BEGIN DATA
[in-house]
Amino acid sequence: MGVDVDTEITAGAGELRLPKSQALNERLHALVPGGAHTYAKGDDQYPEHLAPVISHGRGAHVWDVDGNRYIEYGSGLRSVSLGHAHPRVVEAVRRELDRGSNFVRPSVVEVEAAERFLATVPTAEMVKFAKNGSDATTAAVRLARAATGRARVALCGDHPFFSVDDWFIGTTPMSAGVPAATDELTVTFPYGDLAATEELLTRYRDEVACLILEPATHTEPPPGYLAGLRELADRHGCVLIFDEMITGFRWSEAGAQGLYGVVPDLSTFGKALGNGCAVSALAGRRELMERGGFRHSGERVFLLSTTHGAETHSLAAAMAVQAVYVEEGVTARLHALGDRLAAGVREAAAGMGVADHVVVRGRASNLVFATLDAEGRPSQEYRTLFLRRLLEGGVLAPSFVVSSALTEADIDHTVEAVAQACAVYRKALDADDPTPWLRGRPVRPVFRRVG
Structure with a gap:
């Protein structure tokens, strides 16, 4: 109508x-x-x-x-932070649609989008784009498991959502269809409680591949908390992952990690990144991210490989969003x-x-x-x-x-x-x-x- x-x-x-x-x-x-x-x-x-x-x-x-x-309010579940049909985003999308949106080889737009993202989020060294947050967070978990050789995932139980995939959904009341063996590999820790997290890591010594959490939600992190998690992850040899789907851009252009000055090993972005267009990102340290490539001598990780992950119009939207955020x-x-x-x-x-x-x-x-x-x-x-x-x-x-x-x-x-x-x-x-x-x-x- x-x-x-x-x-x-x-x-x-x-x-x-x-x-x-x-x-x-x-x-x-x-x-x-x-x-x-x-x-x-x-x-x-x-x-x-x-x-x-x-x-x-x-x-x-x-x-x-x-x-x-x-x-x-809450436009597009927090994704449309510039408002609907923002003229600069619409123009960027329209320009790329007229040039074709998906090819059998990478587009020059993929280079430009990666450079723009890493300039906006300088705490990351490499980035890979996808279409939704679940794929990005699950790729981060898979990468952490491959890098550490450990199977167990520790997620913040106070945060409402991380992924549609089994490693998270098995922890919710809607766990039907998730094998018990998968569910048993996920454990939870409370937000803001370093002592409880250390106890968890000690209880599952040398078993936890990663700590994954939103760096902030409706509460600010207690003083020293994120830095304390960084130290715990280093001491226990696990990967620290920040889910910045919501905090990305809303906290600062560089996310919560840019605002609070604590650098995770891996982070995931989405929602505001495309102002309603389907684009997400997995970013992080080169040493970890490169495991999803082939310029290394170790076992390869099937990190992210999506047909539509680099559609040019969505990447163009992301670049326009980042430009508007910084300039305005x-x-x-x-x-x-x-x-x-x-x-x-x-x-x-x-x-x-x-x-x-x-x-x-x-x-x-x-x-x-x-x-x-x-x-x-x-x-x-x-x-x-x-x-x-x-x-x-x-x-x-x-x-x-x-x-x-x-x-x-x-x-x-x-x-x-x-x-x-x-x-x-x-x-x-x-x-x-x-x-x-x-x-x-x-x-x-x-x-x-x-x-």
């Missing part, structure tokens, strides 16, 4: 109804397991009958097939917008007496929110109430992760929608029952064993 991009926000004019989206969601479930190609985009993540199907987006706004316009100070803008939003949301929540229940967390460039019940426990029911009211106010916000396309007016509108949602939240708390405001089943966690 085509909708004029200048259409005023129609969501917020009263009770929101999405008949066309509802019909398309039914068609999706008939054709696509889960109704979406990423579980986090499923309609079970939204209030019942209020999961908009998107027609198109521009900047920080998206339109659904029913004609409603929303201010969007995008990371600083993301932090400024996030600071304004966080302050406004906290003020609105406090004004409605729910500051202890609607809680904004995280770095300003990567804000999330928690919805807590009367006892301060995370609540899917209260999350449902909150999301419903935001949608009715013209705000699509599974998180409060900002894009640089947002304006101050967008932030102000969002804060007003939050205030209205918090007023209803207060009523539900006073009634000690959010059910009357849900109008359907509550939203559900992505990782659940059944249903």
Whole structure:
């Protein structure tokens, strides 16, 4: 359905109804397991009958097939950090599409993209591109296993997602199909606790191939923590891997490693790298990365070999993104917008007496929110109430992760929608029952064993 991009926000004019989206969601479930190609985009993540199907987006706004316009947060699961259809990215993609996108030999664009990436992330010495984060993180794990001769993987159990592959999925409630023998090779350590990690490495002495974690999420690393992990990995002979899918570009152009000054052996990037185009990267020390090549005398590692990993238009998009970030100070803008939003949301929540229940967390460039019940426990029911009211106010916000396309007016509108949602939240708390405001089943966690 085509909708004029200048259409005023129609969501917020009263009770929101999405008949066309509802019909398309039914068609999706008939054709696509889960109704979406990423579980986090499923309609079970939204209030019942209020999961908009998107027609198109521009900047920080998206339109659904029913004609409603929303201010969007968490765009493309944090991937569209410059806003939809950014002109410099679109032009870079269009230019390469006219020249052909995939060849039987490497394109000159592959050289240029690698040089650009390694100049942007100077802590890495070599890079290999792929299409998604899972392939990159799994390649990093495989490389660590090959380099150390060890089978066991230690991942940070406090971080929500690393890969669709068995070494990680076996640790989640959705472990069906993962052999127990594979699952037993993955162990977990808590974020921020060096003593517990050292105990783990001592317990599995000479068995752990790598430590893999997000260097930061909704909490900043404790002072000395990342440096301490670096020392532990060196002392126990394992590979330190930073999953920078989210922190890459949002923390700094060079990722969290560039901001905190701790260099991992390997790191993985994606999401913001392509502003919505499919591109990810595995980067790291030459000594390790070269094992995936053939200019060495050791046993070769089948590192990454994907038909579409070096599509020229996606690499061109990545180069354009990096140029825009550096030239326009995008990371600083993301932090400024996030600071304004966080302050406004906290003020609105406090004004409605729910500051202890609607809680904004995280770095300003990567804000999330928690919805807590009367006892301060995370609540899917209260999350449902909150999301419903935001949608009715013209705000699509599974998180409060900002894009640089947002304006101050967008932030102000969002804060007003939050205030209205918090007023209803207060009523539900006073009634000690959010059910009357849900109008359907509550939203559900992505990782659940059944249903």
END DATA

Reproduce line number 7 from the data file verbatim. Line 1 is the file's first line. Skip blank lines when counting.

């Protein structure tokens, strides 16, 4: 359905109804397991009958097939950090599409993209591109296993997602199909606790191939923590891997490693790298990365070999993104917008007496929110109430992760929608029952064993 991009926000004019989206969601479930190609985009993540199907987006706004316009947060699961259809990215993609996108030999664009990436992330010495984060993180794990001769993987159990592959999925409630023998090779350590990690490495002495974690999420690393992990990995002979899918570009152009000054052996990037185009990267020390090549005398590692990993238009998009970030100070803008939003949301929540229940967390460039019940426990029911009211106010916000396309007016509108949602939240708390405001089943966690 085509909708004029200048259409005023129609969501917020009263009770929101999405008949066309509802019909398309039914068609999706008939054709696509889960109704979406990423579980986090499923309609079970939204209030019942209020999961908009998107027609198109521009900047920080998206339109659904029913004609409603929303201010969007968490765009493309944090991937569209410059806003939809950014002109410099679109032009870079269009230019390469006219020249052909995939060849039987490497394109000159592959050289240029690698040089650009390694100049942007100077802590890495070599890079290999792929299409998604899972392939990159799994390649990093495989490389660590090959380099150390060890089978066991230690991942940070406090971080929500690393890969669709068995070494990680076996640790989640959705472990069906993962052999127990594979699952037993993955162990977990808590974020921020060096003593517990050292105990783990001592317990599995000479068995752990790598430590893999997000260097930061909704909490900043404790002072000395990342440096301490670096020392532990060196002392126990394992590979330190930073999953920078989210922190890459949002923390700094060079990722969290560039901001905190701790260099991992390997790191993985994606999401913001392509502003919505499919591109990810595995980067790291030459000594390790070269094992995936053939200019060495050791046993070769089948590192990454994907038909579409070096599509020229996606690499061109990545180069354009990096140029825009550096030239326009995008990371600083993301932090400024996030600071304004966080302050406004906290003020609105406090004004409605729910500051202890609607809680904004995280770095300003990567804000999330928690919805807590009367006892301060995370609540899917209260999350449902909150999301419903935001949608009715013209705000699509599974998180409060900002894009640089947002304006101050967008932030102000969002804060007003939050205030209205918090007023209803207060009523539900006073009634000690959010059910009357849900109008359907509550939203559900992505990782659940059944249903």